Characters are fundamentally the sum of the outgrowth of their strengths and weaknesses interacting with the fictional world. With strong characters, they usually have one specific virtue that guides them through their adventures, whether it’s an unbending sense of justice, a keen observational ability, or maybe just the bizarre talent of being able to catch whatever is hurled at their head. This holds true for flaws, and maybe doubly so. Whenever you encounter a character whose only foible seems to be that they’re clumsy some of the time (but never in a way that impacts the plot), quick to anger (but no one seems to mind), or who are just too darn good for this world, chances are you’re looking at some bad writing.
Flaws are harder to write. Partly because the audience needs to sympathize with the main character on some level. They don’t necessarily have to like the hero, and too many stories fall into that trap, but the audience does have to be interested in where the character is going. The threshold is also different for each individual. While I regard Breaking Bad as a triumph of the medium, my mother gave up watching it because she found Walter White too unpleasant to care about anymore. And it’s not like someone’s personal tastes can be wrong; it’s just how they feel. Well, unless they like Voyager better than Deep Space Nine. Then, they’re objectively wrong and should be taken someplace soft for their own safety.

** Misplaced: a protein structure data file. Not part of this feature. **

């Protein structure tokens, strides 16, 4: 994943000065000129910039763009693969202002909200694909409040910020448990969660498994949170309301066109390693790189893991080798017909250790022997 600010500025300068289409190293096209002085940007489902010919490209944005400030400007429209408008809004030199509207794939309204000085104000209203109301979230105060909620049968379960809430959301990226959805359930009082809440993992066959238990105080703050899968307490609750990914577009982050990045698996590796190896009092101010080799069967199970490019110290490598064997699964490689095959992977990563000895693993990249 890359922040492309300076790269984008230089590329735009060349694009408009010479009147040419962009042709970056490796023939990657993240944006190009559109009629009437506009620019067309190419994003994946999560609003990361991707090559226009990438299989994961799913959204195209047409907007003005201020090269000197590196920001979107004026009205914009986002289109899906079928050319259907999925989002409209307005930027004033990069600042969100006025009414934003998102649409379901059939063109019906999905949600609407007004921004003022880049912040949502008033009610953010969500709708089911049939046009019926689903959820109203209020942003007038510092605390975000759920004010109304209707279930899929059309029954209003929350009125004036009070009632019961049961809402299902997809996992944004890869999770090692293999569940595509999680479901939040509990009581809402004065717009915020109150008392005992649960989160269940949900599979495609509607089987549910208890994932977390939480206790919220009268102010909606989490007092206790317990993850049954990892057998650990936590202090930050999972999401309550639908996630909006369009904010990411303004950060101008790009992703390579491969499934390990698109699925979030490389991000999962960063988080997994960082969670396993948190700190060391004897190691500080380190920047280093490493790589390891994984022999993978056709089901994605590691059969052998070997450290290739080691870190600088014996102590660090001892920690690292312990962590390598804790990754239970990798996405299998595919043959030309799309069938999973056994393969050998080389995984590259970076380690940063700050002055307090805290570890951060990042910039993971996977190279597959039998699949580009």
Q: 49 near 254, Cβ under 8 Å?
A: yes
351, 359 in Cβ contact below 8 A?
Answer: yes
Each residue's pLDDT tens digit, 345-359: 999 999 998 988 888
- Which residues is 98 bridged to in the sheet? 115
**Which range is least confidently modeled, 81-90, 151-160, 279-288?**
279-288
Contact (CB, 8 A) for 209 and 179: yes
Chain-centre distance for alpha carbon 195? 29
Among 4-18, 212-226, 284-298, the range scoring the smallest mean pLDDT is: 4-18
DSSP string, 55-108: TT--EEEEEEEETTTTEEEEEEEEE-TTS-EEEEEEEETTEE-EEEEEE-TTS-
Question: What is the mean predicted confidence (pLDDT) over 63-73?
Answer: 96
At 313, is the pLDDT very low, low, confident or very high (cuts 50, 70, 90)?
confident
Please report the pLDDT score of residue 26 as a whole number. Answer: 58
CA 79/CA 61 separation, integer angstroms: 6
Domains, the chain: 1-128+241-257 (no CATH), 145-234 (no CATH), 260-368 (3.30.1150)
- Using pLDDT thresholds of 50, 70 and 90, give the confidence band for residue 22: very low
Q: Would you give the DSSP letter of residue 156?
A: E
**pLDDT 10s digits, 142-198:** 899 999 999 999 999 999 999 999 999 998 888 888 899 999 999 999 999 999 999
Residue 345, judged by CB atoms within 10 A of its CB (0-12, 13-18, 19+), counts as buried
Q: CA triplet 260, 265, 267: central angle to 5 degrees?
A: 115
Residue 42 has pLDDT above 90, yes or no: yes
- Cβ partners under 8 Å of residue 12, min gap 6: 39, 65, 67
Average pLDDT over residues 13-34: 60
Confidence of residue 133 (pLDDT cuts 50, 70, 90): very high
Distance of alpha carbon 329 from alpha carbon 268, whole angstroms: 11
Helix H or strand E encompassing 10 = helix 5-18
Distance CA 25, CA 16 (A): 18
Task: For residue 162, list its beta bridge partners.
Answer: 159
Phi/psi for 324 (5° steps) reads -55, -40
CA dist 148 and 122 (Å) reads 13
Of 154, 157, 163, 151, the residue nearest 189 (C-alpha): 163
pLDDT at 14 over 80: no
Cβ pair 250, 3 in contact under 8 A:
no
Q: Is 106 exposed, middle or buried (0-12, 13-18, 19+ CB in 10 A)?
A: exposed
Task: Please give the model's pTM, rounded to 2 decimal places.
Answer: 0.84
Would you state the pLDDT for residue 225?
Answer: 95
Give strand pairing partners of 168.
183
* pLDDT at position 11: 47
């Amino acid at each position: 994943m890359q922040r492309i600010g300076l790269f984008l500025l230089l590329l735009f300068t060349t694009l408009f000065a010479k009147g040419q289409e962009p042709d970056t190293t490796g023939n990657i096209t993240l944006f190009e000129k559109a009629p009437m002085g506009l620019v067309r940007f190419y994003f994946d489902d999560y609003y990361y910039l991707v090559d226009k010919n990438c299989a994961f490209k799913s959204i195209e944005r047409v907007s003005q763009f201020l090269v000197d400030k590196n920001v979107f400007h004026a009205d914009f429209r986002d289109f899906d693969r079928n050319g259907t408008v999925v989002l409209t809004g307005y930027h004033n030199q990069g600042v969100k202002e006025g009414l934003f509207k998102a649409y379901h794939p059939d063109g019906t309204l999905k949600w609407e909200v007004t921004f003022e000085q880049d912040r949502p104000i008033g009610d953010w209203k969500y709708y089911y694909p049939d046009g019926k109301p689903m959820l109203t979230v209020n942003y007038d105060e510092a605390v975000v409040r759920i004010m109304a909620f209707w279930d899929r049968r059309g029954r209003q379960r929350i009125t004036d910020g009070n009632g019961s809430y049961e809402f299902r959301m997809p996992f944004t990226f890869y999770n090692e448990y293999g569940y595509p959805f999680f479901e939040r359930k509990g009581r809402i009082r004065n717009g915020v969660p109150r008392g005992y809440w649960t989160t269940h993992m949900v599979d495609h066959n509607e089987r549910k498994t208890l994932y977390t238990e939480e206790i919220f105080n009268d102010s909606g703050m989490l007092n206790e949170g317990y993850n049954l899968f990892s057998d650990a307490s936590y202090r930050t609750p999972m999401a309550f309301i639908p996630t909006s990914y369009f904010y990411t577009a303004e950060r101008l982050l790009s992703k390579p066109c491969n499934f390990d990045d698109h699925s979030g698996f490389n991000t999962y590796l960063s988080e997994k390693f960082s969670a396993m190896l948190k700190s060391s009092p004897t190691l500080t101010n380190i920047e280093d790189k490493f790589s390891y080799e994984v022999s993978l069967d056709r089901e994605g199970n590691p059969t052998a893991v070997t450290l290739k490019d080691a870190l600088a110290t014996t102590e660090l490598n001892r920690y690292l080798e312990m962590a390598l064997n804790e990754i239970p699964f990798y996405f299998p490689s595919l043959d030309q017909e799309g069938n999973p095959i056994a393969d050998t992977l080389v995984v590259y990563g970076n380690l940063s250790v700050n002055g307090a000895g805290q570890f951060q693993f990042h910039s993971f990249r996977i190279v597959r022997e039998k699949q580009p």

If a flaw is too egregious, or not at least partially balanced by redeeming features, a character is more likely to be dismissed by the audience. This is why so many of the main characters in the Troubled Anti-Hero era of television had loving families. We’re social mammals and that’s the quickest and easiest route to sympathy. DS9 didn’t have this blueprint, but they did it anyway, after a fashion, when they gave Quark a mother, brother, and nephew. Of course, this is Quark, so moments of genuine tenderness are usually undercut with the character’s mild case of comedic sociopathy.
That’s not to say that Quark doesn’t have a heart. In episodes like last season’s “Body Parts” and this season’s “The Ascent,” the character has been dealt with seriously. This week’s episode, “Business as Usual,” builds on the ideas presented in “Body Parts.” Namely, what are the limits of Quark’s greed? Those limits, incidentally, are what separate Quark from other Ferengi, and what keeps him from becoming, if not a hero, than at least more of a funny villain and foil for the more morally upright Federation.
Last time, Quark’s honor as a businessman was tested against his self-preservation. There’s nothing particularly heroic about saving your own hide at the expense of societal norms (although it’s important to note that there’s nothing villainous about it either), but here, Quark is faced with a darker decision.